No doubt, these frugal parents see Freecycle as the best way to get their kids the costumes they've requested without having to spend a lot of money. And after all, they might reason, reusing a costume from last year is green, too, since the alternative, presumably, would be to buy a new one. That's most likely the idea behind a recent e-mail I received from Green America promoting National Costume Swap Day on October 13. The website advertises swap events in 37 different US states, plus the District of Columbia, and 3 Canadian provinces. Some of these are informal swaps, where you can just drop off your old costumes and browse for ones you need; at others, you bring in a used costume and receive a "swap ticket" that you can cash in for a new one. Some of them are fundraisers, so you donate your old costumes and can then buy those brought by others—presumably for less than they'd cost to buy new.
Naturally, as an ecofrugalista, I'm all in favor of reusing and recycling costumes. If you have a store-bought costume that you don't plan to wear again, it's obviously sensible to pass it on to someone else who can. But as I read through these lists, the one question that keeps running through my head is, "Haven't these people ever heard of making costumes?"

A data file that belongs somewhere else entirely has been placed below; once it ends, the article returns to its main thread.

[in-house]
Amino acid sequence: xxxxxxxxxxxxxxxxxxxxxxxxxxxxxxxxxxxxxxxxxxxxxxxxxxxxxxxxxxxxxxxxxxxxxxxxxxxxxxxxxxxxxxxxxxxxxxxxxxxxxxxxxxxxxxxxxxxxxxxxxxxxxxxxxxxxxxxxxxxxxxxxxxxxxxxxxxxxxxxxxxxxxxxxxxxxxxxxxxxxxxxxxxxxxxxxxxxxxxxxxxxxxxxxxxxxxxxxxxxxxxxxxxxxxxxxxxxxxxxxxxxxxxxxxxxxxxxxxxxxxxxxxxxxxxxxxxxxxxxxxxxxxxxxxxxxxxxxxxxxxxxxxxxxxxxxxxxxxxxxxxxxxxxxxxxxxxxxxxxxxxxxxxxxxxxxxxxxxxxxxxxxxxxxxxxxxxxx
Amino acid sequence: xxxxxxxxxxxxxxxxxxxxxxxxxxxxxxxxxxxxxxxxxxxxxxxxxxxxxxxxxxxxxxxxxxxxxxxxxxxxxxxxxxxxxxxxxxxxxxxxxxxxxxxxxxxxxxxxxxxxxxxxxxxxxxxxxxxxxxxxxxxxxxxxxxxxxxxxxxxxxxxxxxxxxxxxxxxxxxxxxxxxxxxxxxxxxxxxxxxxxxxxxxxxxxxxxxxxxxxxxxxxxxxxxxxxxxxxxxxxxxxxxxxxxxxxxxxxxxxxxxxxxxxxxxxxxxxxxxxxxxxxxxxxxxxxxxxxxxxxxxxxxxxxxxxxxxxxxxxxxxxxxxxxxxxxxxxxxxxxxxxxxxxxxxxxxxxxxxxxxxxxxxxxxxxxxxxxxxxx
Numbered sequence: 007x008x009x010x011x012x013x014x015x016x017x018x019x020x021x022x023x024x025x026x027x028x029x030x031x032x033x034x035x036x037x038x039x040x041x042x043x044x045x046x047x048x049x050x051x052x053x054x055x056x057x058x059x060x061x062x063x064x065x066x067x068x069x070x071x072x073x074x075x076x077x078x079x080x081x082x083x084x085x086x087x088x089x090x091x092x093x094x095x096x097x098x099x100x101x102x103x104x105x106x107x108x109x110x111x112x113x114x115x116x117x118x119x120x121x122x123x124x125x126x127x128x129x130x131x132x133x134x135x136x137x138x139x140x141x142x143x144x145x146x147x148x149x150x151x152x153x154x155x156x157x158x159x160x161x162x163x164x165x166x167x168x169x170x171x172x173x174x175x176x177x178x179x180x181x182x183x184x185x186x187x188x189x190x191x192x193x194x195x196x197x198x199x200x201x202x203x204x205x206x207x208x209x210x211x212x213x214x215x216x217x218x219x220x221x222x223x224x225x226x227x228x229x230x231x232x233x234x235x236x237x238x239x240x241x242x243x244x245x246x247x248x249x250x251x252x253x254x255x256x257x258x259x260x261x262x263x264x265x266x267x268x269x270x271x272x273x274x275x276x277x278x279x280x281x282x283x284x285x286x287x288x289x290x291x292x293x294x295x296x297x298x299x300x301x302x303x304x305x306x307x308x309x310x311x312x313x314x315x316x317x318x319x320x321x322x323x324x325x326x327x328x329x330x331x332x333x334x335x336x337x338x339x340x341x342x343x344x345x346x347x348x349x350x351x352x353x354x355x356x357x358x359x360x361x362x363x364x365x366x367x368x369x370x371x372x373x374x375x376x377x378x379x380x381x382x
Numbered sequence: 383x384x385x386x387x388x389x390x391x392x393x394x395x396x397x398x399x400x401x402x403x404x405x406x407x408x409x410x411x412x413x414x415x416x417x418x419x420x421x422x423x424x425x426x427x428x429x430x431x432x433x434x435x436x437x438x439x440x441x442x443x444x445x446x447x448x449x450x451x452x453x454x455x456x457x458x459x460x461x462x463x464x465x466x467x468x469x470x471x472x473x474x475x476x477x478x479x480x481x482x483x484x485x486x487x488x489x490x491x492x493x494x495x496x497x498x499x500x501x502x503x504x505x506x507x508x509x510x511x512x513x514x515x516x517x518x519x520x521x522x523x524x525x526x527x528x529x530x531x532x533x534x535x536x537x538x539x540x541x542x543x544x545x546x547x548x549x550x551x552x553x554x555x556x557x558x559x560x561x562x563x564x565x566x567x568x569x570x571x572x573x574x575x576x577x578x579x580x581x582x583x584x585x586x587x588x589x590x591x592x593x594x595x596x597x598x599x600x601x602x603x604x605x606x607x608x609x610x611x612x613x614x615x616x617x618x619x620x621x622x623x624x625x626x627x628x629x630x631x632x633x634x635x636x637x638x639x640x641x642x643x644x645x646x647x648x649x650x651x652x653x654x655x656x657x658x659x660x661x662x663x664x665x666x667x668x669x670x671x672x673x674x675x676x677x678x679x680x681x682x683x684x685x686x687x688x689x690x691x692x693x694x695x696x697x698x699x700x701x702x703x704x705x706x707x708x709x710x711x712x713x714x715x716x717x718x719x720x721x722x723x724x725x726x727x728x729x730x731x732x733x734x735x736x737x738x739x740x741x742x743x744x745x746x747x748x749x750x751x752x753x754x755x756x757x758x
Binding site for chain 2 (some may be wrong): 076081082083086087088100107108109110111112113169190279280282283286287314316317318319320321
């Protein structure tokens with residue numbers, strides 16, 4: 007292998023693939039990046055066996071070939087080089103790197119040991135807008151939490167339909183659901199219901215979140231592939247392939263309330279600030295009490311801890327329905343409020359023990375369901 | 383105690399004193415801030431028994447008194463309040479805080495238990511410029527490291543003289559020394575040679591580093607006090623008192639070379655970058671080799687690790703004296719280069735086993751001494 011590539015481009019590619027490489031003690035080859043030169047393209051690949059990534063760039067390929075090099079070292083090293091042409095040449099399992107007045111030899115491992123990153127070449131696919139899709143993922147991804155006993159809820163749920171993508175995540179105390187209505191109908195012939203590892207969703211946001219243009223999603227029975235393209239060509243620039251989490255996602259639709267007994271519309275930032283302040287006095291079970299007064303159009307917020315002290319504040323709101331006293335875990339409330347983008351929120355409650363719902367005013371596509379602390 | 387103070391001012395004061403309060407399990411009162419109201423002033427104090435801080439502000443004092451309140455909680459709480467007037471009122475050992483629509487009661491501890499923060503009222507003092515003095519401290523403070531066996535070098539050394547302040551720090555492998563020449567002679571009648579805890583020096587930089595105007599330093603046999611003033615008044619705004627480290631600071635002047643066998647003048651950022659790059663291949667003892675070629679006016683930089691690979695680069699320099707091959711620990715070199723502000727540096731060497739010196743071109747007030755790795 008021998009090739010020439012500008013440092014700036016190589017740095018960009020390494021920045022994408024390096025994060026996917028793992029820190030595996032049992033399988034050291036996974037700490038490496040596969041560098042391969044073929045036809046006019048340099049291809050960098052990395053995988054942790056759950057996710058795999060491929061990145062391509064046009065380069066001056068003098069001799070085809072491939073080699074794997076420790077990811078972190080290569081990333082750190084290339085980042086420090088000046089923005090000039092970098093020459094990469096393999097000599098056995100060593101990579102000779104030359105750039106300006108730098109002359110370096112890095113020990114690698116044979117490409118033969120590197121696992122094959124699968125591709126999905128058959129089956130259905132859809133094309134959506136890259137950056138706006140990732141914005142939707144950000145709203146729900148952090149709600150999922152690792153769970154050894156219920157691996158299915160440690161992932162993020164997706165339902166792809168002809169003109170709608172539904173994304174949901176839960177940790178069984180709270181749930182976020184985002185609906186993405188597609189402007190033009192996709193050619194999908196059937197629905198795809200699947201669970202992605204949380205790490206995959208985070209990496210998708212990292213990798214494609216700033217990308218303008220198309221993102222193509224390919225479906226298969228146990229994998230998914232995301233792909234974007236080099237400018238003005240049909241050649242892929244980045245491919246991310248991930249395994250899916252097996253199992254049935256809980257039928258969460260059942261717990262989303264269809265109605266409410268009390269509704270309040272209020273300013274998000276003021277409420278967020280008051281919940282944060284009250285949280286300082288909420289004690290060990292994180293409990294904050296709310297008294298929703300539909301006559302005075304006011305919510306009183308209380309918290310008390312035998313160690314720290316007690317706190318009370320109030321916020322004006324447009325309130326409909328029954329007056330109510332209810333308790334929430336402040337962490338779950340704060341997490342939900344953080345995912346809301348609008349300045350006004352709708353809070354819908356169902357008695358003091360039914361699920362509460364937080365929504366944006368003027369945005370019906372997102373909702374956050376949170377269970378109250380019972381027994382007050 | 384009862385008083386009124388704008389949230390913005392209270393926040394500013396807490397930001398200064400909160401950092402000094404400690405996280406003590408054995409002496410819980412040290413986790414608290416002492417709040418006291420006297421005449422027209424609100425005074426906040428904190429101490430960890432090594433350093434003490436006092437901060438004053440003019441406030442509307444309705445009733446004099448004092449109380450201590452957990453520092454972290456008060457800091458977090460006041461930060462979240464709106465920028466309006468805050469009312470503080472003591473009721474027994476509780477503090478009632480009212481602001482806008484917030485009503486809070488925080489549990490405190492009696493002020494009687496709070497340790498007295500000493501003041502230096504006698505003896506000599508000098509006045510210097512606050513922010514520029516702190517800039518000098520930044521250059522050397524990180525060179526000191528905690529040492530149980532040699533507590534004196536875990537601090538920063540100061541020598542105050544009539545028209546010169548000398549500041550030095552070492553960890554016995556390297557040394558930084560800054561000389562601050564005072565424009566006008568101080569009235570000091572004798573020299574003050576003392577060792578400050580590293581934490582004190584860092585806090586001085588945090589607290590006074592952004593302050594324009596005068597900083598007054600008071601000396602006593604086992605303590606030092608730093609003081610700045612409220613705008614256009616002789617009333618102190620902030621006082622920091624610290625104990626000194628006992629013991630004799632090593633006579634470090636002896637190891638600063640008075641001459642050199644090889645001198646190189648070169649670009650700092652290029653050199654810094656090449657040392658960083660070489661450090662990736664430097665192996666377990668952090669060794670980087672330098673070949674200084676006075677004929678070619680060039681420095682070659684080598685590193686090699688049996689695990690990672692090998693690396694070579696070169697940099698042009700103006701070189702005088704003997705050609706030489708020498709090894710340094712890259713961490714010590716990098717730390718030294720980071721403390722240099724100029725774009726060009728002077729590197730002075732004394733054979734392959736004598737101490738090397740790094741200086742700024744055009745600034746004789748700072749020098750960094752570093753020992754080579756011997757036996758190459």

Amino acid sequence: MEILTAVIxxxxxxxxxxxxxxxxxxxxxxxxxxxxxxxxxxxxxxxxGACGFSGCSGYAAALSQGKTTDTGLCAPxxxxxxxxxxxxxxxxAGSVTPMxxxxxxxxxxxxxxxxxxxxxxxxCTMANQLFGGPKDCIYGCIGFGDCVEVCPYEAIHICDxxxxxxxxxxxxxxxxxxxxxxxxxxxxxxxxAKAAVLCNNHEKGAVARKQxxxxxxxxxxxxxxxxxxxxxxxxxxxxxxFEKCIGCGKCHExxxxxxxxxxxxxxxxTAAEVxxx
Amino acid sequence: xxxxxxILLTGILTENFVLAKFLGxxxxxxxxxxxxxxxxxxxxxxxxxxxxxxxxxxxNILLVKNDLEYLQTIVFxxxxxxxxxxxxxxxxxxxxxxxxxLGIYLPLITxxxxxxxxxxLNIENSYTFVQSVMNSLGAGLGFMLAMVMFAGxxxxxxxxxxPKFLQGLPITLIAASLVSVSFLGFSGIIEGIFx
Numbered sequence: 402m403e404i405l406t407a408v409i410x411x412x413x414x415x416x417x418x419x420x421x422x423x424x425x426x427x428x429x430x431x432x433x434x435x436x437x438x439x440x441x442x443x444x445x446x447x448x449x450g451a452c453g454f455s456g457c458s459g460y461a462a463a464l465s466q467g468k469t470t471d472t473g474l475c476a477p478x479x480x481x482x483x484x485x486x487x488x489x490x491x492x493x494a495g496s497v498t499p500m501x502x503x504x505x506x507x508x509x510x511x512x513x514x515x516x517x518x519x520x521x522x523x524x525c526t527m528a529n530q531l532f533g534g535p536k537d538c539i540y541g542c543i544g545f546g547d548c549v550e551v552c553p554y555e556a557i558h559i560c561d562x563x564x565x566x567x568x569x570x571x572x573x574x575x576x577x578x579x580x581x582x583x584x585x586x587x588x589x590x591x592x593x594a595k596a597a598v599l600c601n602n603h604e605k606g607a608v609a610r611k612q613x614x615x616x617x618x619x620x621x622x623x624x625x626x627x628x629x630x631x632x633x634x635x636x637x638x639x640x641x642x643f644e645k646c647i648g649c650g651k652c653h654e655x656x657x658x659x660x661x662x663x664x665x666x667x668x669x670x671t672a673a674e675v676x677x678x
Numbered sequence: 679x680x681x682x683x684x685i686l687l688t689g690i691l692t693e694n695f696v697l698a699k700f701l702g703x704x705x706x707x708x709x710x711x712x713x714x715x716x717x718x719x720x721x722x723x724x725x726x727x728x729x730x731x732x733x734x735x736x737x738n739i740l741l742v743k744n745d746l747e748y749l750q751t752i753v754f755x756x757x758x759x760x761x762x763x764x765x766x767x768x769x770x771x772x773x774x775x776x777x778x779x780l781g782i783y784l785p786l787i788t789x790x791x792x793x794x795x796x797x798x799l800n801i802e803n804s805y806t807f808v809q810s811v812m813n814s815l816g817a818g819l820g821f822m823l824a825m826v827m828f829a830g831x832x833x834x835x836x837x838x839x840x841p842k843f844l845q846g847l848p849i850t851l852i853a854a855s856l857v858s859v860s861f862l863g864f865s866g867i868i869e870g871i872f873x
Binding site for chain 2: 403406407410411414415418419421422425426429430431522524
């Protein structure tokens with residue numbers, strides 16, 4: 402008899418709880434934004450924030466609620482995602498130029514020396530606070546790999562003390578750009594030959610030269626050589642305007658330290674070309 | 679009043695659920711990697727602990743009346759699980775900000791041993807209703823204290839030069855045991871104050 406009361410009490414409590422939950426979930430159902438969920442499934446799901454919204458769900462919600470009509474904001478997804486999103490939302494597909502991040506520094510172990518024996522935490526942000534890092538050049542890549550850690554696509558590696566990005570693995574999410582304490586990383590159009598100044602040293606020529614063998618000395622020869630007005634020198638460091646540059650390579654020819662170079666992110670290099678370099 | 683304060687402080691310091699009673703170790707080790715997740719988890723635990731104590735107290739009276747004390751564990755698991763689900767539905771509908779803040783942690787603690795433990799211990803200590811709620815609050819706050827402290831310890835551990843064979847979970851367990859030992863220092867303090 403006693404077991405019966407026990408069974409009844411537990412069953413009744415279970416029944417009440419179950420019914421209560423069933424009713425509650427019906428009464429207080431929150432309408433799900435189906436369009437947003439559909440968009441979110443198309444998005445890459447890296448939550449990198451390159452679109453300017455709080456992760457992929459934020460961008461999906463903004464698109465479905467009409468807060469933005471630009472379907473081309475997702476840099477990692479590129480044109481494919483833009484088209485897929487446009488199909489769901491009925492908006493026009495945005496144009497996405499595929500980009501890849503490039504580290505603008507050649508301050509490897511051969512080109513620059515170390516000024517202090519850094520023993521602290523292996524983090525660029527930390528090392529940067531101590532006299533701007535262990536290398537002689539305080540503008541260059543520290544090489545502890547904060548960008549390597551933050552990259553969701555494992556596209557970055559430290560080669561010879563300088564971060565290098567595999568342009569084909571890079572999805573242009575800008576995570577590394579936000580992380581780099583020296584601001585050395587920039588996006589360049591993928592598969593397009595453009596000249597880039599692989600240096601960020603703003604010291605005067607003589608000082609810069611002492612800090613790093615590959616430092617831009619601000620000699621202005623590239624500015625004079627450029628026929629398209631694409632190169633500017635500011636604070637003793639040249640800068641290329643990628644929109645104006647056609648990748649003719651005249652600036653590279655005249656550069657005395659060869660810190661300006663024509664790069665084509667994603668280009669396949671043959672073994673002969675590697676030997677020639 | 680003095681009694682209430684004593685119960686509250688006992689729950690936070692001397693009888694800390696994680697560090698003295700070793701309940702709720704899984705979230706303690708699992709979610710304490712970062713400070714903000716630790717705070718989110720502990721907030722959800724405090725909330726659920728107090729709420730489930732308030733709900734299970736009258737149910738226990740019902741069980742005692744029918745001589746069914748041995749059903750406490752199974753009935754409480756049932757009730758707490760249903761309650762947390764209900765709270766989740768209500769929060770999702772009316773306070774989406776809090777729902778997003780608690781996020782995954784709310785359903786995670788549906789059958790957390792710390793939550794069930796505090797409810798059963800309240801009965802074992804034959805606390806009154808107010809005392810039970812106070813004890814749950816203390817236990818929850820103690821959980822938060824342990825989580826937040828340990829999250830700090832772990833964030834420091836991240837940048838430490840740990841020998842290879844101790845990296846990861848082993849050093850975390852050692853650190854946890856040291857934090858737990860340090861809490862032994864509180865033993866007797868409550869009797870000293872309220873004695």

Back when I was still young enough to go Trick-or-Treating, pretty much all us kids wore homemade costumes. I knew that store-bought ones existed, but as I remember, I always felt sorry for the kids who "had to" wear them; the way I saw it, their parents didn't have time, or didn't care enough, to make them "real" costumes. Neither my sister nor I was ever reduced to Trick-or-Treating in store-bought garb, although I did once wear a costume based around Wonder Woman Underoos—but that was because I already owned a set. At the time, I didn't think much about the fact that homemade costumes were cheaper than store-bought ones; to me, their biggest advantage was that we could ask to be absolutely anything we wanted. Rather than being confined to whatever the store happened to have, our costume selection was limited only by our imagination and our parents' skills. My sister won a prize in the Halloween parade one year dressed as a U.S. mailbox, crafted by my dad out of corrugated cardboard; another year she went as a can of Campbell's tomato soup, à la Andy Warhol. I went one year as Pac-Man, wearing a papier-mâché mask that my dad made using a beach ball as the base. (Mom did buy me a Pac-Man T-shirt to wear with it—but it doubled as my nightshirt for the rest of the year.) I didn't win a prize with that one, but I was part of the Best Group one year when some friends and I went as the four leads from the Wizard of Oz. My Tin Woodman costume was a suit of posterboard armor, with separate pieces for arms, legs, and torso, all spray-painted silver; I carried an axe made of the same material, stapled around a broomstick.